According to Reuters, more than 6,500 workers from the GM Silao plant will vote on the contract this week. The vote represents an opportunity for workers at the plant to unseat the Miguel Trujillo Lopez union that administers the contract, which is part of a broader union group called the Confederation of Mexican Workers (CTM).
Workers at the Mexican plant voted on a new contract in April, however Mexican authorities later discovered serious irregularities in the voting process, including discarded ballots. The United States then lodged an official complaint via the “rapid response mechanism,” included in the United States-Mexico-Canada Agreement (USMCA), allowing it to step in and oversee a future vote alongside Mexican labor officials.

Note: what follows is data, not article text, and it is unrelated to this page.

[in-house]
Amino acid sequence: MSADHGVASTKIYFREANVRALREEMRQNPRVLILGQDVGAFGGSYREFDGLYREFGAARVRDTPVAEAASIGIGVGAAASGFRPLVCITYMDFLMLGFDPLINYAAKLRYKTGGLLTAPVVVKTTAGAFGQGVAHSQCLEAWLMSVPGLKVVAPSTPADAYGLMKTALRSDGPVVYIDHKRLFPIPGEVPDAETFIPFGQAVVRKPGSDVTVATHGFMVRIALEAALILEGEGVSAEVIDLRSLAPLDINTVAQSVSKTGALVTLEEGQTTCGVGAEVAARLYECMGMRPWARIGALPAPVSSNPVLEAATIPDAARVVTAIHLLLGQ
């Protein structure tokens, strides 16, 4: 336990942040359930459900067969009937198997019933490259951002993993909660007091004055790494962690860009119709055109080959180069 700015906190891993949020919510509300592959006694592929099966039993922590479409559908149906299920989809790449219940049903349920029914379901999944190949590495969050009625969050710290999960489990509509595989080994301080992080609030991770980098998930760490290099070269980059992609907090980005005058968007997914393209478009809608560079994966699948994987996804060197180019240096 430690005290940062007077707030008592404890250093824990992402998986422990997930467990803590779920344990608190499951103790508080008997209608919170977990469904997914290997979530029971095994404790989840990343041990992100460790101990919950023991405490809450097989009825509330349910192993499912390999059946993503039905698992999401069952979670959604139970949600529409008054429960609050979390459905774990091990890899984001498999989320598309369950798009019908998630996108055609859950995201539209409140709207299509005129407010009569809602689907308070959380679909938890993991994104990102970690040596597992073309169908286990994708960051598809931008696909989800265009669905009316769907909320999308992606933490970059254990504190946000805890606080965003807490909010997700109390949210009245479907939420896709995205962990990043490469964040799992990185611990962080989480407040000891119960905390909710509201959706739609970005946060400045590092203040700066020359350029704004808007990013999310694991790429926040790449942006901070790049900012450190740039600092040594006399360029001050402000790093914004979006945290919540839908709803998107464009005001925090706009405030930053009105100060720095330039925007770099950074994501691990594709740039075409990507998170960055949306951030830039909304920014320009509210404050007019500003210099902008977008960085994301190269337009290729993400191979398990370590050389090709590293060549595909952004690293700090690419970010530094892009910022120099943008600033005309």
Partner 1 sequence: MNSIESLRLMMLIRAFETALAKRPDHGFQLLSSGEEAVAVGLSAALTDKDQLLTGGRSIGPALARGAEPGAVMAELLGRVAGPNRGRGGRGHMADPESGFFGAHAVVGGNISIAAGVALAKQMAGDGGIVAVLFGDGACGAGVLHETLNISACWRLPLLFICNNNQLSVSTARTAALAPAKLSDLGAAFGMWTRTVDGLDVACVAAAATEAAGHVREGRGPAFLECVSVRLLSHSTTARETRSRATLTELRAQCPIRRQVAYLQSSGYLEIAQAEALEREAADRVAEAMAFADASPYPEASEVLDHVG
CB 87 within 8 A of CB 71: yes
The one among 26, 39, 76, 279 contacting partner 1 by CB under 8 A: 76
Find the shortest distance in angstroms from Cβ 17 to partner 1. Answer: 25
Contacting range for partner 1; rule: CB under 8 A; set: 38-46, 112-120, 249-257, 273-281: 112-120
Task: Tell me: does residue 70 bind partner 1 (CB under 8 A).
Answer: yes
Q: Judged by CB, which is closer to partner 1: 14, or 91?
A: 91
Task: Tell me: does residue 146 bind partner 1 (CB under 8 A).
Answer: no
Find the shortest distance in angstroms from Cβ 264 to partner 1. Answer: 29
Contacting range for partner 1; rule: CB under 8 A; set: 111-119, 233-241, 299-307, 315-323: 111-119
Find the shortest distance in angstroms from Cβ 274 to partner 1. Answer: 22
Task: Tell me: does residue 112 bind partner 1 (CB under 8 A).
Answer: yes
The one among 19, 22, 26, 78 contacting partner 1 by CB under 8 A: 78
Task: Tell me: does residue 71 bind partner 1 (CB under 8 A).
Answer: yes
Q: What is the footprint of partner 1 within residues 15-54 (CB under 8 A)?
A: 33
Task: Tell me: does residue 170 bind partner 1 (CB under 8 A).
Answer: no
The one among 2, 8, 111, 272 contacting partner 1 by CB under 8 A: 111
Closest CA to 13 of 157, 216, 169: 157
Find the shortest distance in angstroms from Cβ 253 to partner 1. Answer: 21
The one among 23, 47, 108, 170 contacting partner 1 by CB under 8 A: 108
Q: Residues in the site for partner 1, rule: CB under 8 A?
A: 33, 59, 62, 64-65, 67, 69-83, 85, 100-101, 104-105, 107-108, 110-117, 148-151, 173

A previous report from Reuters indicated the Miguel Trujillo Lopez union was on track to lose before the April vote was called off. Workers at the plant have expressed their displeasure with the union in recent months, which they believe puts the interests of General Motors above employees. A previous report indicated the union had not provided employees with adequate safety equipment and failed to enact proper COVID-19 safety protocols. Wages at the plant are also an issue, with many employees making less than $25 USD a day.
In a statement sent to Reuters, GM said it is working with officials in the U.S. and Mexico to ensure a fair and neutral vote “in support of the shared goal to protect workers’ rights.”
GM could have the Silao plant’s tariff-free status revoked if it does not comply with USMCA regulations. This would see a 25 percent import tariff applied to all trucks shipped into the United States from the Silao facility, which is located about four hours northwest of Mexico City.
The contract vote will be held on Tuesday and Wednesday. Ballots will be stored and counted Wednesday night once the vote has concluded, with officials from the United Nations’ International Labour Organization and Mexico’s National Electoral Institute set to oversee the ballot counting process.